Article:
Next you will need to request your app permissions. This has been simplified since Facebook has moved pages_messaging_subscriptions to page level. You’ll need to select pages_messaging and add some explanations before you submit. Explanations are simply the reason your bot requires this to function in it’s duty and it’s expected use case. Like this:
The last thing before you submit for approval is to get your Business approved. This first portion is relatively simple, you’ll need to provide:
Now you can submit your bot for approval and Facebook will test your bot for responsiveness, functionality, and policy adherence. Once you submit you’ll even be able to see employees from Facebook talking to your bot once in a while. Now that you’re waiting for review, keep your eye on Facebook notifications. This is where you will get your results from. Some of the alerts will ask you for a response or an action, so make sure you get to them within 24 hours.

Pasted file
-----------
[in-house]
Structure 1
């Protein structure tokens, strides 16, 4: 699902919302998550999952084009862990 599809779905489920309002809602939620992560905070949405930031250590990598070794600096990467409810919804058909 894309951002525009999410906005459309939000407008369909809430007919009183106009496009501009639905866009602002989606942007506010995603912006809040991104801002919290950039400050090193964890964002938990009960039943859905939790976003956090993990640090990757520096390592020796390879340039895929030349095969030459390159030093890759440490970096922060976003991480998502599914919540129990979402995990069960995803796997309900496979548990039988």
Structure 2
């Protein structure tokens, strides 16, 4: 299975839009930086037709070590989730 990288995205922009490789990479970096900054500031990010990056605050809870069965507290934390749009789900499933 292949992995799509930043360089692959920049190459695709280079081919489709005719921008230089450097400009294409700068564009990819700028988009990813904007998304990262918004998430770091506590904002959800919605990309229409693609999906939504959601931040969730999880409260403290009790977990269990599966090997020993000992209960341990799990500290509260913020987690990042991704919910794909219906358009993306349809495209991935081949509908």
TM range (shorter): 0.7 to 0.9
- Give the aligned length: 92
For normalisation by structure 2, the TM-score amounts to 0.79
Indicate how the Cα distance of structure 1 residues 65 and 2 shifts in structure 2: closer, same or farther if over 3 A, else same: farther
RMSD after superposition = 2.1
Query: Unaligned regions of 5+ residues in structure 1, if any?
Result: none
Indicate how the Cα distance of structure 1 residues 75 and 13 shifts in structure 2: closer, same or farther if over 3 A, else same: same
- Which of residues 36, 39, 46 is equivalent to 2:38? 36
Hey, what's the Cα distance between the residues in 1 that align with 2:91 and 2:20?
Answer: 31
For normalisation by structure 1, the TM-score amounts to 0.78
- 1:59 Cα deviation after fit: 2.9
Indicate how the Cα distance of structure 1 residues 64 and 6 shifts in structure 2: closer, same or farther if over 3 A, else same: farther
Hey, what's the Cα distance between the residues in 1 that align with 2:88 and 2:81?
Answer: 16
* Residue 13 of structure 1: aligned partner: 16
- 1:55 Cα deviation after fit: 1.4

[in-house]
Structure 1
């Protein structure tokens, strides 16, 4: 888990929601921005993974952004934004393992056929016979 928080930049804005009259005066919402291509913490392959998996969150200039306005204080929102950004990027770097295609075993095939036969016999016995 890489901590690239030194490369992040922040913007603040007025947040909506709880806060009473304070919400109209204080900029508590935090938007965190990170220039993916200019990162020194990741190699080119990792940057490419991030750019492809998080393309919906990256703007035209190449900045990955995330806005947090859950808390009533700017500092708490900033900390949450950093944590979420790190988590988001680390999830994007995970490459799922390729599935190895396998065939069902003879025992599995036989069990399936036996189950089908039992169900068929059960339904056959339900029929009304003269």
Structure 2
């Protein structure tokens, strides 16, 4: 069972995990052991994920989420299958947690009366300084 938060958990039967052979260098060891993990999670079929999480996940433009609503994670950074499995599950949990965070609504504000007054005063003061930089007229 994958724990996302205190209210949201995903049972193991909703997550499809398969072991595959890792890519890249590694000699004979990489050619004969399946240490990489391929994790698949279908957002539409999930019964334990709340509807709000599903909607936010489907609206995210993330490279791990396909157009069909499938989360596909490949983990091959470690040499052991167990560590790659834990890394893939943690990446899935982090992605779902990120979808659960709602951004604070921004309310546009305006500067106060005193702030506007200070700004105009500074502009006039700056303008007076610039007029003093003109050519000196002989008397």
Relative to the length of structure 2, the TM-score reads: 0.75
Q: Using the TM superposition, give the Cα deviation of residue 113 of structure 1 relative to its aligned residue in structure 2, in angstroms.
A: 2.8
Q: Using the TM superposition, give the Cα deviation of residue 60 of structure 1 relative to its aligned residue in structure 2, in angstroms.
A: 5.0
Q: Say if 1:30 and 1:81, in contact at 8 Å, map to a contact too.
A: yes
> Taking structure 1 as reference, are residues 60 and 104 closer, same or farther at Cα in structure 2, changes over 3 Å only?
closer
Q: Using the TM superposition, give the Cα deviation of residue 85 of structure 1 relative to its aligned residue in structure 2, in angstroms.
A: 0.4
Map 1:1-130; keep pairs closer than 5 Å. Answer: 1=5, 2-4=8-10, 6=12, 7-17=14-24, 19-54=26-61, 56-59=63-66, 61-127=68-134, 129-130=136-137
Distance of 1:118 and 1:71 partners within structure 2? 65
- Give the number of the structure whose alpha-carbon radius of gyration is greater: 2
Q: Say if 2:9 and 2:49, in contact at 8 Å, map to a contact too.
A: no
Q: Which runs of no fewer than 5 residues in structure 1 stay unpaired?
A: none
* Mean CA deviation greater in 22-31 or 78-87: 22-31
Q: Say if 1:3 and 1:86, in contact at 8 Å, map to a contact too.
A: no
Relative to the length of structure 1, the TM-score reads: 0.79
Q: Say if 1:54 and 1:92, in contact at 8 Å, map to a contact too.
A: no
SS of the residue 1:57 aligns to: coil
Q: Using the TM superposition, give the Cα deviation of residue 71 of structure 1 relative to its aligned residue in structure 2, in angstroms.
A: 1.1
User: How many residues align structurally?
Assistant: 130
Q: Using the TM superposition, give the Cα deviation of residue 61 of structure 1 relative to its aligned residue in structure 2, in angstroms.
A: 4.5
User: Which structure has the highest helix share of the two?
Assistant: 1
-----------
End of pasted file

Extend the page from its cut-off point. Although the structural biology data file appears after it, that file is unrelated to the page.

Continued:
Once your bot has been approved, Facebook will continue with Business Approval, this will require you to submit:
Business verification may take up to 4 weeks depending on which region you are located in.
Since the review process is run by a human team, there is some variability in how long the process takes and the reasons for rejection. Here are some reasons why Facebook might deny you, according to our own experience and other people experience:
In short, there are dozens of reasons why the review team may reject your Facebook Messenger bot. The important thing is to keep cool and work with the review team to solve the issues which they identify. They are the gatekeepers after all.
To increase your chances of approval make sure your bot has a clear objective and all conversation dialog can lead to a goal or set of goals. Make sure all users can talk with your bot, that means turning on Facebook Page Messaging so users can send messages to your Facebook Page. Make sure your bot has a clear greeting and it is easy for users to understand what to do next. Personalize conversations using Facebook’s User Profile API or native personalization strings that you find in NLPs like Dialogflow.